- If a process contains a mix of steps that appear easy to automate and some steps that have to remain manual – the process is a candidate for semi-automation.
- If a process includes decision-making that can be replicated by AI and features all-digital inputs – it's a good candidate for a custom-programmed RPA solution.
- If a process is repetitive, stable, and operating in a static environment – it's a high-value RPA candidate and should be at the top of the target list.
Avoiding Customer Disruption
The third major thing that decision-makers should be considering in their drive towards RPA is that they should be taking great care to avoid automating processes that might negatively impact customers. For example, there's been a big push toward using AI-powered chatbots and other automation technologies in customer service in recent years – but survey after survey confirms that customers prefer talking to a real person when they need something of consequence.
For that reason, businesses adding RPA to their arsenals should think long and hard about who those automated processes might affect. For example, it could be fine to automate a workflow for email follow-ups in a help desk tool, but not as acceptable to automate handling consumer complaints and service requests. It's critical to always weigh the costs and benefits to every RPA decision – and to remember that not everything that can be automated should be automated.
Consider Hyperautomation Only When Ready
Last but not least, businesses have to resist the urge to move too quickly with their RPA adoption than prudence dictates. This is a particularly important consideration right now when the pandemic is pushing businesses to embrace automation faster than they otherwise would have. That sense of urgency is certain to drive some businesses to embrace hyperautomation – which is a solid end goal to pursue – but is probably still a bridge too far for most businesses.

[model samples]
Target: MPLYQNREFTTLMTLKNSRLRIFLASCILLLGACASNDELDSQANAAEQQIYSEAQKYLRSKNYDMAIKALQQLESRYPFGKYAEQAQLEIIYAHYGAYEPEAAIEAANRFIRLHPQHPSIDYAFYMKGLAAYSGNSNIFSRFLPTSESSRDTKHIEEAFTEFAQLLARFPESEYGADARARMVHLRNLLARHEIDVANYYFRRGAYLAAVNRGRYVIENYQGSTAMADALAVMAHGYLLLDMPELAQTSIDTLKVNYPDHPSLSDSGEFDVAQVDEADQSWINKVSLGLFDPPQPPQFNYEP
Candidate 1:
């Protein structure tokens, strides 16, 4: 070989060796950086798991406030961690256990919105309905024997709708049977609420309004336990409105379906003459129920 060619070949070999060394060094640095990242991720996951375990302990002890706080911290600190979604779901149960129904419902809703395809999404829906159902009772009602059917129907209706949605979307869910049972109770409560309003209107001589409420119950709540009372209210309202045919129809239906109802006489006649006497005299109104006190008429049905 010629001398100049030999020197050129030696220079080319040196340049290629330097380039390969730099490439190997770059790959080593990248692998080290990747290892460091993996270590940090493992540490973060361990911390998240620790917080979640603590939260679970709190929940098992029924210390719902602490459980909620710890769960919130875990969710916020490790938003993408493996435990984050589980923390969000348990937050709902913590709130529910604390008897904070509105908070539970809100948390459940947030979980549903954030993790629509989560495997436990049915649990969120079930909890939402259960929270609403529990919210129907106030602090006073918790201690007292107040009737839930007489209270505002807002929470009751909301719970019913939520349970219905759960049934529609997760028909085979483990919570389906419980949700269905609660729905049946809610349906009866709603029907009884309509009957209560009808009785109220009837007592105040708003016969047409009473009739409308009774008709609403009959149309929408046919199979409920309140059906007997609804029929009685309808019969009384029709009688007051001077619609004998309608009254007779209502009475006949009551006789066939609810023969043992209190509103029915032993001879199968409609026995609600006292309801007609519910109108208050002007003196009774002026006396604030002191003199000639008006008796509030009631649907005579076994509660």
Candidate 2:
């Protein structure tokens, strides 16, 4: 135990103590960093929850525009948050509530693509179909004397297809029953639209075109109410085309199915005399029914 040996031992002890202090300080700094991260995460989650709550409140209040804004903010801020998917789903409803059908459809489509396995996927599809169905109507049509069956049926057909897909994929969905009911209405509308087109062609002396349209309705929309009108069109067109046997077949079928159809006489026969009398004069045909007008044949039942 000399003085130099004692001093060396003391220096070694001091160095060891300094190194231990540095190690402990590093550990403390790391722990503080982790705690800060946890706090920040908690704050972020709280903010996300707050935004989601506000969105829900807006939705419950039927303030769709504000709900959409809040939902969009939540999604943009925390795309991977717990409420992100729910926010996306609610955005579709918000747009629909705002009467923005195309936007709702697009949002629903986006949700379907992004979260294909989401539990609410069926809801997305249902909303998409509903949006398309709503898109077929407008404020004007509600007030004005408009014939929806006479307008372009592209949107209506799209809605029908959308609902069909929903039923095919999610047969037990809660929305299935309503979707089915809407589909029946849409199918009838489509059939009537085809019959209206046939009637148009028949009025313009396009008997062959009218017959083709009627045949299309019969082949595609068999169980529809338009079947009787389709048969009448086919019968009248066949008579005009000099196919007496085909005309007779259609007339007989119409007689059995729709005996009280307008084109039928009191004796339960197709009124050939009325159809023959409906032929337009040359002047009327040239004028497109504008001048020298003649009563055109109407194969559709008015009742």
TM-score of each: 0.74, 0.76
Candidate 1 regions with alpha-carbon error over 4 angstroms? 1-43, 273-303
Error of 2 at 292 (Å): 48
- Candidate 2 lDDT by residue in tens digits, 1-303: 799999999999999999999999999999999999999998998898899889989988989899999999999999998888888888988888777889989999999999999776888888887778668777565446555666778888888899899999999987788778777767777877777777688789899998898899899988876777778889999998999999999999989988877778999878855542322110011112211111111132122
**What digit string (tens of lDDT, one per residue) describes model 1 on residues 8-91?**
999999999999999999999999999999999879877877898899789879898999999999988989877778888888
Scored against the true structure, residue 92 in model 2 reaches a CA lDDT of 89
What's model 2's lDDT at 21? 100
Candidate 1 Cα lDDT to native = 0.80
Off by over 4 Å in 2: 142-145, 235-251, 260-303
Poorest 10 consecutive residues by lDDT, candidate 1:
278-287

In many cases, moving too quickly toward automation as a result of the pandemic is the strategic equivalent of 'fighting the last war'. That means businesses will be preparing to confront a situation that isn't likely to happen again very soon. And that will prevent them from making logical and bottom-line driven decisions. It's far better, by contrast, to embrace whatever automation can help in the near term (while the pandemic is still a factor), while weighing (but not rushing into) solutions focused on post-pandemic operations.
The Bottom Line
There's little doubt that the COVID-19 pandemic is going to put RPA at the center of most post-pandemic business continuity plans. Even IBM seems to recognize this, with their recent acquisition of WDG Automation
being driven in part by the pandemic's market forces. But how businesses go about their adoption processes is going to play a big role in how well the technology serves the purposes it's being tapped for. And as long as their plans are slow, deliberate, and future-focused – they should get some major benefits out of what is undoubtedly an unfortunate sudden necessity.#Featured-area-1#Featured-area-1-home#TaskAutomation(RPA)#RPAAutomation#RoboticProcessAutomation(RPA)